Son of Abraham
This title stresses Jesus’ Jewish heritage, particularly important for Matthew’s Jewish Christians. Jesus is Son of Abraham because in him the entire history of Israel beginning with Abraham reaches its goal (1:18), and because it is through Jesus that God will extend salvation to all the nations (8:11; 28:18-20). While Jesus as Son of David is the one in whom Israel will find blessing, Jesus as Son of Abraham is the one in whom Gentiles will find blessing.
Son of God
Matthew’s most significant title for Jesus occurs in each major section of the gospel, confirming his divine authority. While Mark (1:11) and Luke (3:22) report God’s assurance to Jesus at his baptism in the second person, ‘You’, Matthew publicly declares, ‘This is my Son, the Beloved, with whom I am well pleased’ (3:17). Matthew has already made this clear in the Infancy Narrative (1:18-25; 2:15). Interestingly, Brendan Byrne suggests that a baptismal gospel account should be read at every baptism since all the baptised can claim that same divine assurance.
Jesus refers to himself as Son (11:25-27) and the disciples acknowledge him as Son of God when he appears to them walking on the water (14:33), as does Peter at Caesarea Philippi (16:13-20). The voice from heaven in the transfiguration account declares Jesus as ‘my beloved Son’ (17:1-8). In the garden Jesus prays, ‘My Father’ (26:39, 42) and mockers challenge his identity as Son of God (27:40, 43). The high priest, Caiaphas, tries to make Jesus admit to this identity (26:63) but it is the centurion and those with him who confess Jesus as God’s Son (27:54).
Throughout the gospel, Matthew makes very clear the correct response to this Jesus is to worship him – kneel before him – like the Magi (2:2), the leper (8:2), the centurion (9:18), the disciples (14:33), the mother of James and John (20:20), the women after the resurrection (28:9), and the disciples on the hill in Galilee (28:17).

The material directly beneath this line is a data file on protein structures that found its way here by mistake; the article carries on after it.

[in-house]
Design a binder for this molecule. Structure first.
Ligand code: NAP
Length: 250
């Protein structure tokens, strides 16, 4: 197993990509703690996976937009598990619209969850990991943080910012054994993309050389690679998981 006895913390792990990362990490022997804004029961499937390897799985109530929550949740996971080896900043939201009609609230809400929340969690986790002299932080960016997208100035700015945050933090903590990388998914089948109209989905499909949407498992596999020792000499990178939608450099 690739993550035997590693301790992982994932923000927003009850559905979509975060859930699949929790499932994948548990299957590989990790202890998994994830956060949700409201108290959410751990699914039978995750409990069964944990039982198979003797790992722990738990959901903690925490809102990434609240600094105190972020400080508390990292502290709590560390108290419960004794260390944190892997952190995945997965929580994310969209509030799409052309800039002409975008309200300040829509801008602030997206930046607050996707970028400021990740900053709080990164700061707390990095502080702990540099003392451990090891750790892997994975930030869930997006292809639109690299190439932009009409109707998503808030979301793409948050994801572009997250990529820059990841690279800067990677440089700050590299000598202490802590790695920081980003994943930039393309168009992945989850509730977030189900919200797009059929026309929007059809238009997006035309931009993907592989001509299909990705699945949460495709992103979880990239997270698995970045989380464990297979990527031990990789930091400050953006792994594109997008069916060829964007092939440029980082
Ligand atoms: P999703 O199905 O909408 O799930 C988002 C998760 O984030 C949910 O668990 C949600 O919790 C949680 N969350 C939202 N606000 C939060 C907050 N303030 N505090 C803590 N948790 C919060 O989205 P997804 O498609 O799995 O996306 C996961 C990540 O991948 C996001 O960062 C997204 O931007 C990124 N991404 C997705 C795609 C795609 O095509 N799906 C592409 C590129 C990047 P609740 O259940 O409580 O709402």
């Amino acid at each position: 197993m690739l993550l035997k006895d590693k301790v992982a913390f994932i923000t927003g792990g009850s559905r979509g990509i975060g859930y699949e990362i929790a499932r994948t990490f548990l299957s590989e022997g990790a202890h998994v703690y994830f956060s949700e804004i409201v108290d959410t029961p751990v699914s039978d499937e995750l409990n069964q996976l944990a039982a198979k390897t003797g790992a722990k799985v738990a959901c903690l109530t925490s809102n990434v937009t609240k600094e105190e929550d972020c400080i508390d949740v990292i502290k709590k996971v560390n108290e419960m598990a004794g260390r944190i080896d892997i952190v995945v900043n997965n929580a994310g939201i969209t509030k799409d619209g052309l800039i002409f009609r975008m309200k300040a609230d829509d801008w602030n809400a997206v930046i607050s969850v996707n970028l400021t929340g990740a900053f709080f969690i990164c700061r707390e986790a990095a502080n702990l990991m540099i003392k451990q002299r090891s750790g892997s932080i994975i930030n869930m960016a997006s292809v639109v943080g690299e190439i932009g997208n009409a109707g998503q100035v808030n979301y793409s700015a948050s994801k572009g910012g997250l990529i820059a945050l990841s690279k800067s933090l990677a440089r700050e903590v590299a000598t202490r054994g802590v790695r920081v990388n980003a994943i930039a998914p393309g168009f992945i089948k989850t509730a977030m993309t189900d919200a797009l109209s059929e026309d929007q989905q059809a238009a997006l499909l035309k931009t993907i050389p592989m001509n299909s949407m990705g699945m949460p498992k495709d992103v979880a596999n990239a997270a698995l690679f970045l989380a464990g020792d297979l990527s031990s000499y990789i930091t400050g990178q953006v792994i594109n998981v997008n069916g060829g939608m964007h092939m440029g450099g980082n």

Finally, as well as Messiah, Son of David, Son of Abraham and Son of God, Matthew also describes Jesus as Son of Man, Lord, servant, teacher and healer, interpreter and fulfilment of the law, and the one who withdraws. I will discuss these next month. In the meantime, I suggest you take some time to allow Matthew’s Jesus, whose very name means saviour, to ask you the question he asks his disciples, ‘But who do you say that I am?’ (16:15). You may find that you want to kneel before – worship him.
Byrne, B (2004). Lifting the burden: Reading Matthew’s Gospel in the church today. Strathfield, NSW: St Paul’s Publications.
Kingsbury, JD (1988). Matthew as story (second edition). Philadelphia: Fortress Press.
Perkins, P (2011). Who is Jesus? Matthew’s Christology. The Bible Today, 49 (1), 11‒16.
Reid, BE (2005). The gospel according to Matthew (Vol 1). Collegeville, MN: Liturgical Press.
Senior, D (1996). What are they saying about Matthew? (revised edition.) New York: Paulist Press.
Dr Elizabeth Julian rsm is a Lecturer and Distance Education Coordinator at The Catholic Institute of Aotearoa (TCI).